2023: Year of the gut microbiota

2023: Year of the gut microbiota

Kevin Meza Achahue, Scientist - R&D Specialist at Bifidice. 3 minutes reading.

Science is advancing by leaps and bounds, and research on the gut microbiota is keeping pace. As we close out the year 2023, we want to highlight the most significant advances that have allowed us to better understand how the gut microbiota works and how it can impact numerous processes in our bodies.

1. In what way is Alzheimer's disease related to the intestinal microbiota?

Research has shown that specific symptoms associated with Alzheimer's disease could be transferred through the gut microbiota. Analyses revealed that recipient model animals, transplanted with the intestinal microbiota from patients with this type of dementia, developed cognitive and behavioral problems associated with hippocampal neurogenesis. 

The extent of dysfunction in mice correlated with the clinical cognitive scores of the donor patients. Thanks to this research, the direct involvement of gut microbiota imbalance in the development of this disease was demonstrated for the first time [1].

2. The Role of the Microbiota in the Heterogeneity of Depression

In an analysis conducted on 179 patients with major depressive disorder, it was found that alterations in the gut microbiota were significantly associated with mood disorders. Through the use of advanced bioinformatic tools, certain bacterial taxa associated with these symptoms were identified, including taxa from the families of microorganisms Ruminococcaceae, Christensenellaceae, and Clostridiales vadinBB60. 

Interestingly, other imbalanced bacteria were producers of butyrate, which could indicate that deficits in butyrate production at the level of the gut microbiota may contribute to clinical symptoms [2].

3. The Importance of a Diverse Microbiota in the Face of Pathogen Emergence

One of the most crucial roles of the intestinal microbiota is protection against pathogenic microorganisms. According to recent research, this property is achieved through “nutrient blocking” towards bacteria harmful to the host's health. 

Based on in vitro and in vivo results, it was found that as the microbiota increases in diversity, it collectively consumes multiple types of nutrients, some of which are the main source for pathogenic microorganisms, placing them at a disadvantage for colonizing the gastrointestinal tract [3].

4. More evidence of the gut microbiota - respiratory tract axis

In an in vitro study, a dose-dependent relationship was found between certain pathogenic bacteria of the intestinal microbiota and the increase in cytokines and interleukins, which is associated with an immune system response. According to the results, this inflammatory process could be directly related to the development of asthma in patients, thus connecting once again the role of an imbalanced microbiota with the development of respiratory tract diseases.

It is presumed that dysbiosis in early stages of life could predispose individuals to these diseases, which can be mitigated through changes in diet and the use of probiotics [4].

5. Maternal microbiota and fetal development.

Finally, new evidence shows an interesting connection between maternal microbiota and fetal development, at least when analyzed in murine models. It was found that mice with different gut microbiotas (germ-free or specific pathogen-free) could induce changes in the gene expression of mouse fetuses.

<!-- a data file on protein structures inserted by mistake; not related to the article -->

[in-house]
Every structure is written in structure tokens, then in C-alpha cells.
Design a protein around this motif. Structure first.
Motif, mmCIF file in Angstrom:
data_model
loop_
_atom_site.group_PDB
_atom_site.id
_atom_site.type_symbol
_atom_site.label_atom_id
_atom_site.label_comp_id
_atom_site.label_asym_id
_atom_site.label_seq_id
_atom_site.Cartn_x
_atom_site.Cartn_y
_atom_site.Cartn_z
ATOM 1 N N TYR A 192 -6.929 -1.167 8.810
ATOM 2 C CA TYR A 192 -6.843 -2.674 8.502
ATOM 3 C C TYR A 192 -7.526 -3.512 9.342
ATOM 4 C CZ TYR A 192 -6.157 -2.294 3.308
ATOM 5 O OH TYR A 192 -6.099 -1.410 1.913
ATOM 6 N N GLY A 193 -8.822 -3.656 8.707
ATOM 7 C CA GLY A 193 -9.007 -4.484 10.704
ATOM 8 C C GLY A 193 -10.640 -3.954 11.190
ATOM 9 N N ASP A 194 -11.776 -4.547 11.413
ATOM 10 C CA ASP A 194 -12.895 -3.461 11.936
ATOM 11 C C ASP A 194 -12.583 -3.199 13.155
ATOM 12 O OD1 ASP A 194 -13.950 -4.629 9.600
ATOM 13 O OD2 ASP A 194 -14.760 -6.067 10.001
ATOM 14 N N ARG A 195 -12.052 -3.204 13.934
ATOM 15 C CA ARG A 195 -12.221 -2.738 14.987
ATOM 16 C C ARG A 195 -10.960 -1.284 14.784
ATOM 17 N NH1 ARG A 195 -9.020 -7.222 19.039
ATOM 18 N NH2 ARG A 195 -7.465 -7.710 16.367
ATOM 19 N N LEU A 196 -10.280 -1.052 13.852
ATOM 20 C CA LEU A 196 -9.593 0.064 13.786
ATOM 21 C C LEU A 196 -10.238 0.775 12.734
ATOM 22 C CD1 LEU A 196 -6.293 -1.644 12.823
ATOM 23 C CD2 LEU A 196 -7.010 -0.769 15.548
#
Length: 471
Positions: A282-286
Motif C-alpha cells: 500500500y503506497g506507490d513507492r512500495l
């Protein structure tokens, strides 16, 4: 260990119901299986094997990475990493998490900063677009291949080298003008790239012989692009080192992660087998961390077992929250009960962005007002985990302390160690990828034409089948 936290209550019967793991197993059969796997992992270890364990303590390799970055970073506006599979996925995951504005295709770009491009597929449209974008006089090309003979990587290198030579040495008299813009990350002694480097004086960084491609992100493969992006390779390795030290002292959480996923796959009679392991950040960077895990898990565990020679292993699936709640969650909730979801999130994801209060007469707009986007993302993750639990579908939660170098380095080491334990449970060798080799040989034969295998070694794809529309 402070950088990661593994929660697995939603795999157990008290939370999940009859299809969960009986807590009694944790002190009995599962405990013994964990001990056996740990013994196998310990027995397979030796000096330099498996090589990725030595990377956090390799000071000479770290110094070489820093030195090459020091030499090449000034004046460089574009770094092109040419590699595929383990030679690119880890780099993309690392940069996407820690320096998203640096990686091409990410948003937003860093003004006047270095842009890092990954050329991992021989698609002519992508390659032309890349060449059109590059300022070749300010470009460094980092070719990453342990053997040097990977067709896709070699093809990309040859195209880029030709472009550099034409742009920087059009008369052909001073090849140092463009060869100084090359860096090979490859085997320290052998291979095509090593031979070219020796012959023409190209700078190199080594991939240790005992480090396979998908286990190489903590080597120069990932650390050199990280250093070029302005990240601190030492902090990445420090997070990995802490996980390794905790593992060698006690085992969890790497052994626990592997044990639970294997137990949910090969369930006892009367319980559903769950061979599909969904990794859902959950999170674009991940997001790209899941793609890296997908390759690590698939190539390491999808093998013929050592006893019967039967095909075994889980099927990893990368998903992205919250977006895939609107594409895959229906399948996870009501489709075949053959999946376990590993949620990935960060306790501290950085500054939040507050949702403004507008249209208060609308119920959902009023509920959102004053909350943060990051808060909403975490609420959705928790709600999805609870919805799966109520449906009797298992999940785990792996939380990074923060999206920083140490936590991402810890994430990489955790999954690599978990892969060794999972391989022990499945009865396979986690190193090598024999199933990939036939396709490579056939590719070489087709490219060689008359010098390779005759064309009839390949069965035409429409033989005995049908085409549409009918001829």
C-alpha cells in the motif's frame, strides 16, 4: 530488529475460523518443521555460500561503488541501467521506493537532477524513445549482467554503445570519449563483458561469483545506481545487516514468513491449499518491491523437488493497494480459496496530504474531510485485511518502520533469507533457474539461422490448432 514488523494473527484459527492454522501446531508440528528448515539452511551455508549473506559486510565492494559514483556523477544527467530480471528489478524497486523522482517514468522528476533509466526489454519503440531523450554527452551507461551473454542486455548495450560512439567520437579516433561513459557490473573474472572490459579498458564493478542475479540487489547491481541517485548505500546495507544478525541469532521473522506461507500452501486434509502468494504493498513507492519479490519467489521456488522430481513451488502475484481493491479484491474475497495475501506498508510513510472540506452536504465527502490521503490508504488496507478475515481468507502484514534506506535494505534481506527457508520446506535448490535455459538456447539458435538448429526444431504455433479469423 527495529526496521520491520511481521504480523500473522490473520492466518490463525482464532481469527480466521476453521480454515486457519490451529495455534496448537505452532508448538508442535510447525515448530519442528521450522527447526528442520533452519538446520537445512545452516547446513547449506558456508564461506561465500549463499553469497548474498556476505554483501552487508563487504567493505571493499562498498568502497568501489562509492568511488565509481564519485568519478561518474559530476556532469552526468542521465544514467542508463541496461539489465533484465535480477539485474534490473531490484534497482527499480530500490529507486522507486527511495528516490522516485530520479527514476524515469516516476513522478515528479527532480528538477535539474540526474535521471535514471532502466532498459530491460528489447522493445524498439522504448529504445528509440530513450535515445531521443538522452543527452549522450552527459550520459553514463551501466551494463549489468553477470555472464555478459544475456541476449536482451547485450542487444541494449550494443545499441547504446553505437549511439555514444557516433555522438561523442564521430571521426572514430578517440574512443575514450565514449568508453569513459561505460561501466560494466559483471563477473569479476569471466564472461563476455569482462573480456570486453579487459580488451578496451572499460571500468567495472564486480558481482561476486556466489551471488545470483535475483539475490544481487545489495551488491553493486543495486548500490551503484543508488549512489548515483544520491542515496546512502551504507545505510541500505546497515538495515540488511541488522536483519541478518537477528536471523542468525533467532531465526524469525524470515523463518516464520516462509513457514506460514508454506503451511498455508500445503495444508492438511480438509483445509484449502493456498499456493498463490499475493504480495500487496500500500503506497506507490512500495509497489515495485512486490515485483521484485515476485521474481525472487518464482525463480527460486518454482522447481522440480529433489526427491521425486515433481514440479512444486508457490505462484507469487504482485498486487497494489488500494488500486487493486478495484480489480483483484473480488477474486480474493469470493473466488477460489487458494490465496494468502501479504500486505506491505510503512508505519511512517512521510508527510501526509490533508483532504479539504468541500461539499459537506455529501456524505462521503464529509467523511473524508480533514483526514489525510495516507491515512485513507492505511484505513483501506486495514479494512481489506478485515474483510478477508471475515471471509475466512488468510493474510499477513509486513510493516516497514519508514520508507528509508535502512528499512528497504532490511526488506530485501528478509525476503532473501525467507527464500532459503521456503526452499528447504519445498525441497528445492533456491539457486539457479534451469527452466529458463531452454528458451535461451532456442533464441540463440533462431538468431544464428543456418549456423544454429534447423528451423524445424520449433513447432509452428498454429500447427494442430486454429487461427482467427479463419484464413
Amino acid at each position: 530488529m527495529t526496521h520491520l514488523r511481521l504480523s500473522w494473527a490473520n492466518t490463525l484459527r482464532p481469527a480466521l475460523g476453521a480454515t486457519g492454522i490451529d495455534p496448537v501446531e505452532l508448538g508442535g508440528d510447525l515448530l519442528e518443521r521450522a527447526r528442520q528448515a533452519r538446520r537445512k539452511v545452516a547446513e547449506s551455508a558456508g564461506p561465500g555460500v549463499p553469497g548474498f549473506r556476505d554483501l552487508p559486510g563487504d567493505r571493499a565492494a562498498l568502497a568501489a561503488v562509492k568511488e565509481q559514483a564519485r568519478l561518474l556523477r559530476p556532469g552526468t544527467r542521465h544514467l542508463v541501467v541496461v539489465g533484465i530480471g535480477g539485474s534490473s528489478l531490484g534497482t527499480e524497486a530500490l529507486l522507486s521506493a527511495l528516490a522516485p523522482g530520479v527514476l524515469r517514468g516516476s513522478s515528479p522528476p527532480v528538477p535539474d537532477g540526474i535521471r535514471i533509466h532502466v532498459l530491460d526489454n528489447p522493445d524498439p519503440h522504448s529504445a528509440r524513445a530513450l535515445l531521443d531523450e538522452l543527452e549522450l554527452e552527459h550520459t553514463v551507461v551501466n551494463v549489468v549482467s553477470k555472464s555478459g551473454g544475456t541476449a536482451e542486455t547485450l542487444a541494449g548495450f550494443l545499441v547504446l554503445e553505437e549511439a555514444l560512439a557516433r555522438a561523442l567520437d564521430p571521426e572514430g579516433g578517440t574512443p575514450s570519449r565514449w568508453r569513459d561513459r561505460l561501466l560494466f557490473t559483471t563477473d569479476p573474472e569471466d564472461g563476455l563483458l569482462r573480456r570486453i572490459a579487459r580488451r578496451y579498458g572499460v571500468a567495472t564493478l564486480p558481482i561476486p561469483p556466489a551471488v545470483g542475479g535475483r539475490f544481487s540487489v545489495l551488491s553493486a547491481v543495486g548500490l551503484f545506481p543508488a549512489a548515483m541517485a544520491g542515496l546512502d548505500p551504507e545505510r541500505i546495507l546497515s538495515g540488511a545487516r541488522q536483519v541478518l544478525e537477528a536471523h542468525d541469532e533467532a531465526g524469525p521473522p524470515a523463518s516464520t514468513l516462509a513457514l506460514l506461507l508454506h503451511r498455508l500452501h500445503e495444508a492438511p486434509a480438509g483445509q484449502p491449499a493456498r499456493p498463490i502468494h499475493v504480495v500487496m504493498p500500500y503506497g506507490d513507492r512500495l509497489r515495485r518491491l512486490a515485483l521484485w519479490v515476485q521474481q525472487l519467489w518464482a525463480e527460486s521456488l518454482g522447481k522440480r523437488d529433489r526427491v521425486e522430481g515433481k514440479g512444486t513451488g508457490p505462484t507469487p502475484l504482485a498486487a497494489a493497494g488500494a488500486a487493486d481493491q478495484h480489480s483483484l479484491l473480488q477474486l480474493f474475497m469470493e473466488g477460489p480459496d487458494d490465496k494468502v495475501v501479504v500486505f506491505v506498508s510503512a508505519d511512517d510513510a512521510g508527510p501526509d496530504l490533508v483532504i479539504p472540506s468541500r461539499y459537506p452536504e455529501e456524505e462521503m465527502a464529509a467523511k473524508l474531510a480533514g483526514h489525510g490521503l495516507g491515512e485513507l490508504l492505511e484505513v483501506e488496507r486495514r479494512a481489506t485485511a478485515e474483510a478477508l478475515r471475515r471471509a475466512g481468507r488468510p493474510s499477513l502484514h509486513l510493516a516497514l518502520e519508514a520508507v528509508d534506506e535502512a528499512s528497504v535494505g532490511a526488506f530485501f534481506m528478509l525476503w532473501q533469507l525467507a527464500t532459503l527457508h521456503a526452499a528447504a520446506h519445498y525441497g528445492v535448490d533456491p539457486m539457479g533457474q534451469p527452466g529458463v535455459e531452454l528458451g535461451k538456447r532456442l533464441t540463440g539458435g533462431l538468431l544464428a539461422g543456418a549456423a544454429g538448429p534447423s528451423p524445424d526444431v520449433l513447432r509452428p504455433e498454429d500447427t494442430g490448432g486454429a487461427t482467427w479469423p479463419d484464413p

This differential gene expression was related to innate immunity, epithelial barrier, and inflammatory signaling, indicating the importance of maternal microbiota in the development of the offspring's immune system, even before birth. Although evidence pointing to these types of interactions in humans is lacking, this result could be crucial for understanding the importance of a balanced intestinal microbiota in pregnant individuals [5].

On behalf of the entire Bifidice team, we wish you a Merry Christmas and a prosperous New Year!



[1] Grabrucker, S., Marizzoni, M., Silajdžić, E., Lopizzo, N., Mombelli, E., Nicolas, S., Dohm-Hansen, S., Scassellati, C., Moretti, D. V., Rosa, M., Hoffmann, K., Cryan, J. F., O'Leary, O. F., English, J. A., Lavelle, A., O'Neill, C., Thuret, S., Cattaneo, A., & Nolan, Y. M. (2023). Microbiota from Alzheimer's patients induce deficits in cognition and hippocampal neurogenesis. Brain, 146(12), 4916-4934. doi: 10.1093/brain/awad303.


[2] Chin Fatt, C. R., Asbury, S., Jha, M. K., Minhajuddin, A., Sethuram, S., Mayes, T., Kennedy, S. H., Foster, J. A., & Trivedi, M. H. (2023). Leveraging the microbiome to understand clinical heterogeneity in depression: findings from the T-RAD study. Translational Psychiatry, 13(1), 139. doi: 10.1038/s41398-023-02416-3. https://www.nature.com/articles/s41398-023-02416-3 

[3] Spragge, F., Bakkeren, E., Jahn, M. T., Araujo, E. B. N., Pearson, C. F., Wang, X., Pankhurst, L., Cunrath, O., & Foster, K. R. (2023). Microbiome diversity protects against pathogens by nutrient blocking. Science, 382(6676), eadj3502. doi: 10.1126/science.adj3502. Epub 2023 Dec 15. https://www.science.org/doi/10.1126/science.adj3502 

[4] Kleniewska, P., Kopa-Stojak, P. N., Hoffmann, A., & Pawliczak, R. (2023). The potential immunomodulatory role of the gut microbiota in the pathogenesis of asthma: an in vitro study. Scientific Reports, 13(1), 19721. doi: 10.1038/s41598-023-47003-0. https://www.nature.com/articles/s41598-023-47003-0#Sec2 

[5] Husso, A., Pessa-Morikawa, T., Koistinen, V. M., Kärkkäinen, O., Kwon, H. N., Lahti, L., Iivanainen, A., Hanhineva, K., & Niku, M. (2023). Impacts of maternal microbiota and microbial metabolites on fetal intestine, brain, and placenta. BMC Biology, 21(1), 207. doi: 10.1186/s12915-023-01709-9. https://bmcbiol.biomedcentral.com/articles/10.1186/s12915-023-01709-9 

Back to blog